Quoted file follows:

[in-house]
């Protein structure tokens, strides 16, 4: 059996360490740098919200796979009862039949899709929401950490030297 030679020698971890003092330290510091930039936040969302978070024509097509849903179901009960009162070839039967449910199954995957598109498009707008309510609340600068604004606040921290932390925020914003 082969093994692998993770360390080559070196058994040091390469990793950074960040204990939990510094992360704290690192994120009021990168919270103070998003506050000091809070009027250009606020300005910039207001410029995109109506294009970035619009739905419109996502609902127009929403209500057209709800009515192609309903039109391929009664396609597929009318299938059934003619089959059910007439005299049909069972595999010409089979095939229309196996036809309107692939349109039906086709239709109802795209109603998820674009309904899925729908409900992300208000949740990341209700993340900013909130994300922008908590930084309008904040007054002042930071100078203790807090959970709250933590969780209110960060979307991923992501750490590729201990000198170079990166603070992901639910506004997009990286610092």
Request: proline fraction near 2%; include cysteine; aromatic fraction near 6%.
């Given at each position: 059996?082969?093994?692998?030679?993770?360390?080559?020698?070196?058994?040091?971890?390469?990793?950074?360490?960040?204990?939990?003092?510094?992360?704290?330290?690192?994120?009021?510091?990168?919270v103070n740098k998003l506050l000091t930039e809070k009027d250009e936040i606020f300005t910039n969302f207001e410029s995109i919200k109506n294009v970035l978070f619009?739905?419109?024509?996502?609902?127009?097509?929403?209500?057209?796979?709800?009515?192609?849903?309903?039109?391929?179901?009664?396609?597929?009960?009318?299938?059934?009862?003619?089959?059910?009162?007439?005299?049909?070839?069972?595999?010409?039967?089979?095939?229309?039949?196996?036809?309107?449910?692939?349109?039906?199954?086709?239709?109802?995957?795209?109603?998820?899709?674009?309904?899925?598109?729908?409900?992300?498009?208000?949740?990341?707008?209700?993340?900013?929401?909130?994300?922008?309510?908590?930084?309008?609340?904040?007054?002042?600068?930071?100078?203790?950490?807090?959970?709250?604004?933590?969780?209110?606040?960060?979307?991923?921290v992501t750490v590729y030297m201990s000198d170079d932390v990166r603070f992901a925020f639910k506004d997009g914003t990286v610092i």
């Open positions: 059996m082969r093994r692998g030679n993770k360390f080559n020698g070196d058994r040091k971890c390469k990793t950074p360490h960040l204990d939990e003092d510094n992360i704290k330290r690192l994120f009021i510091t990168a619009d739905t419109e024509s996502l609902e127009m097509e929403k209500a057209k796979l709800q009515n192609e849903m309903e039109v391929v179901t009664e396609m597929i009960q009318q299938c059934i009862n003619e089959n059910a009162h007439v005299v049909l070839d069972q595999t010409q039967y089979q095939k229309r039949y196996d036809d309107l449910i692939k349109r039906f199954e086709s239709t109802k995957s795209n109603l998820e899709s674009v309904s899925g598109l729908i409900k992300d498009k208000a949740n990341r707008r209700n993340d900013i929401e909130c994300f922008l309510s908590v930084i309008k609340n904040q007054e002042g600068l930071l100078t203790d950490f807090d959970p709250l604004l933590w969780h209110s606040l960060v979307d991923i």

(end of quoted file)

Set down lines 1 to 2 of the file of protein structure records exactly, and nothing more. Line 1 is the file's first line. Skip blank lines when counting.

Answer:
[in-house]
């Protein structure tokens, strides 16, 4: 059996360490740098919200796979009862039949899709929401950490030297 030679020698971890003092330290510091930039936040969302978070024509097509849903179901009960009162070839039967449910199954995957598109498009707008309510609340600068604004606040921290932390925020914003 082969093994692998993770360390080559070196058994040091390469990793950074960040204990939990510094992360704290690192994120009021990168919270103070998003506050000091809070009027250009606020300005910039207001410029995109109506294009970035619009739905419109996502609902127009929403209500057209709800009515192609309903039109391929009664396609597929009318299938059934003619089959059910007439005299049909069972595999010409089979095939229309196996036809309107692939349109039906086709239709109802795209109603998820674009309904899925729908409900992300208000949740990341209700993340900013909130994300922008908590930084309008904040007054002042930071100078203790807090959970709250933590969780209110960060979307991923992501750490590729201990000198170079990166603070992901639910506004997009990286610092």